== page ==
academic institution should ensure. One is the accountability of academic staff to their students and the other is their accountability to each other. It is particularly important to keep in mind that the principal purpose of the university is to provide academic services to students who are also its principal stakeholders. A healthy university environment is therefore one in which academic staff are imbued with a very high sense of accountability to their students. Accountability of staff to each other is mediated through the bodies and organs of academic decision-making in which they participate. Institutions of governance at a given level should be accountable to those organized at the next higher level of university government. Likewise, individuals who serve in executive offices, committees or councils, shall be accountable both to the collective and to the elected officers of the organs. Accountability shall be both regular and situational. Regular accountability takes the form of regular or occasional reporting as provided in the law while situational accountability takes the form of answering to specific requests for information or explanation on a given matter or decision. 9. Recourse: A functional academic system needs a mechanism for handling complaints
that arise from the decisions of its governing bodies. Students, staff or faculty who disagree with the rulings of any of the decision-making organs should benefit from a review process that includes consideration by the next highest organ or authority in the system. Review of a case by the same body that had passed the original decision would be inherently prejudicial against the subject of a decision and will be incongruent with the principle of separation of powers. 10. Responsiveness: For an academic institution to be relevant to its environment, it is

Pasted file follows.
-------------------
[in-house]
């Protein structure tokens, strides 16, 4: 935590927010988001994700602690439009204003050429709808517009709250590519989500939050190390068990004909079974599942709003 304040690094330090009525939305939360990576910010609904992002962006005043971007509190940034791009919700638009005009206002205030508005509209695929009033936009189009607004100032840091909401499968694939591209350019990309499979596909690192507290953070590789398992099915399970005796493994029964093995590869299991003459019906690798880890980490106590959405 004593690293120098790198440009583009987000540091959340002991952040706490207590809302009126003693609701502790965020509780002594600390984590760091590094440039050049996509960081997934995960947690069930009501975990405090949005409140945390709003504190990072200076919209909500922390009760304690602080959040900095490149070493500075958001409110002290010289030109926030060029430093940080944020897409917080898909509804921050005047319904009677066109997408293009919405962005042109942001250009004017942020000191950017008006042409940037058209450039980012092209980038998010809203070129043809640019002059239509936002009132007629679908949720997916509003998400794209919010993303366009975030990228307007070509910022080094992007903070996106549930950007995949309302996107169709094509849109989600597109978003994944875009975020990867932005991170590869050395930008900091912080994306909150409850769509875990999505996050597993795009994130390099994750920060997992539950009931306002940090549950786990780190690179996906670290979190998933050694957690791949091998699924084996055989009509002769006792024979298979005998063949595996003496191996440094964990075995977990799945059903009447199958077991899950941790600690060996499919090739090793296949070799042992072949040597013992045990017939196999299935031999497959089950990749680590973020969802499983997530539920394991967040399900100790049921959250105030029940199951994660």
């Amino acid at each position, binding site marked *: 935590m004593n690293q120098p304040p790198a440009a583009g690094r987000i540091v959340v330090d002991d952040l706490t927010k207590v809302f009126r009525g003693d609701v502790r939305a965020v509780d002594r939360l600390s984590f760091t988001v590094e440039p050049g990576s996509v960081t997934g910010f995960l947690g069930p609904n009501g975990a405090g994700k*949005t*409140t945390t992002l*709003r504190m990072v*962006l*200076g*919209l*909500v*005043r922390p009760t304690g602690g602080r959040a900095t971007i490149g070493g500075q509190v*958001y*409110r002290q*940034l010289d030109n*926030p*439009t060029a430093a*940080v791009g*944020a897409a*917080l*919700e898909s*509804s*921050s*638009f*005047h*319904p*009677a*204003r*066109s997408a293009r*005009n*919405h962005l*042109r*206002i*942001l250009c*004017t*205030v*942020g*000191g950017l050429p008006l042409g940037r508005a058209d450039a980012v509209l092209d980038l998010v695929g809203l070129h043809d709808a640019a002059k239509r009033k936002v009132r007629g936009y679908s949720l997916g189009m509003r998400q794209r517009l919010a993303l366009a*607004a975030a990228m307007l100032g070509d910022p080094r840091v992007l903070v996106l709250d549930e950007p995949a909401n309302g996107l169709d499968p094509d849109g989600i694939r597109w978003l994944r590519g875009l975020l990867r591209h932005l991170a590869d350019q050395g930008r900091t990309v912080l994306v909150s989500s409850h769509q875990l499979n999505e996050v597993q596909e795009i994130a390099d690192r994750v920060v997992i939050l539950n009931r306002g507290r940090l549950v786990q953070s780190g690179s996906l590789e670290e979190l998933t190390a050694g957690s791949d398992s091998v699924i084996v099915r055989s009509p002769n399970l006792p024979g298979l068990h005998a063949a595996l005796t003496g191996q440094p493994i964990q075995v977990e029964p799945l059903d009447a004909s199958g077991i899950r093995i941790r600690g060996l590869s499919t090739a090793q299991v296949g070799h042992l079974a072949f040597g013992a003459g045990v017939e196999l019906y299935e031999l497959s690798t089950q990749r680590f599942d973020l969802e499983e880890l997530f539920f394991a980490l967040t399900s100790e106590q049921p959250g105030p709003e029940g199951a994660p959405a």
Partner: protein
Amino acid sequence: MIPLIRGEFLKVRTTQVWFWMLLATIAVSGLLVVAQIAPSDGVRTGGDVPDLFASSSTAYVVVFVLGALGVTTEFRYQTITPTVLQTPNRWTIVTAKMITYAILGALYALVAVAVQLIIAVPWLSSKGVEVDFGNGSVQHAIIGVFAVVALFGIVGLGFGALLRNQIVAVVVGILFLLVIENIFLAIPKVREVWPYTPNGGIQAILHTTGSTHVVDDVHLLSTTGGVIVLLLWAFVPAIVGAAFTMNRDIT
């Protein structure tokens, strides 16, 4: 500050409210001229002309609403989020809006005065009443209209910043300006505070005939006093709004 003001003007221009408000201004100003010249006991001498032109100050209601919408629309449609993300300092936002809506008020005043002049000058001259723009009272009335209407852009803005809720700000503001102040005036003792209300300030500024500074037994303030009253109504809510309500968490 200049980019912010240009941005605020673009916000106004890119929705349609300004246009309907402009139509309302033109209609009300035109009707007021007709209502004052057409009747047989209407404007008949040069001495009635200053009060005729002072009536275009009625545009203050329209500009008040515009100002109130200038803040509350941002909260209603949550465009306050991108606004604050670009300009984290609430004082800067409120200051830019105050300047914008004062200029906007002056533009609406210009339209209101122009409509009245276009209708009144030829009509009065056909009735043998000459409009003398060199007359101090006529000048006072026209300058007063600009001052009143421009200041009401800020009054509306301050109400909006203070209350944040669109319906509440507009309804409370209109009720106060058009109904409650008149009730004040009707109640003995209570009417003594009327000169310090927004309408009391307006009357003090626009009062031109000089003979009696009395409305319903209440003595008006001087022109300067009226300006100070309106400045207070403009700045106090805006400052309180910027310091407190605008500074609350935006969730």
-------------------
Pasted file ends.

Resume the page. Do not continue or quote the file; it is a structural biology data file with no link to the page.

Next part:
imperative that it is in tune with the national and local needs and priorities as well as to the needs of its student population. Its responsiveness to its surroundings should be measured not only in terms of how much it takes heed of the expressed needs of stakeholders but also in terms of how much it helps in the identification and definition of these needs.
IV. Legislative Authority and Basic Documents

The principal sources of authority for the establishment and mode of operation of institutions
of academic governance at AAU are the Higher Education Proclamation of 2009
(Proclamation no. 650) and the Revised Proclamation for the Re-establishment of Addis Ababa University (forthcoming). In both proclamations there are some governance bodies that are provided for in some detail and others for which only general stipulations are made, with the particulars left to the University Community itself to determine. Accordingly, these proposals are directly in line with the legal instruments in those cases where the provisions of the law are specific as to the form and function of governance bodies. In those cases where no detailed stipulations are made, they suggest arrangements that are considered to be workable and meaningful in the context of AAU. In the determination of what is workable and meaningful, guidance was sought from the following documents: ¾ AAU’s Strategic Plan (2007-2011) ¾ The Senate Legislation of June 2007 ¾ “Institutional Arrangement and Governance Structure of AAU” approved by the AAU ¾ The new BPR design for the Teaching-Learning Core Process ¾ The new BPR design for the Research Core Process.
It is particularly noteworthy that the institutions of governance that this document elaborates
are essentially those that have been stated in the document mentioned under the third bullet
above and duly approved by the University Board in 2009. In many ways this document
could be taken to be a means of facilitating the implementation of the provisions of that
document.
V. Institutions of Governance

There are three categories of institutions that engage in decision-making in the academic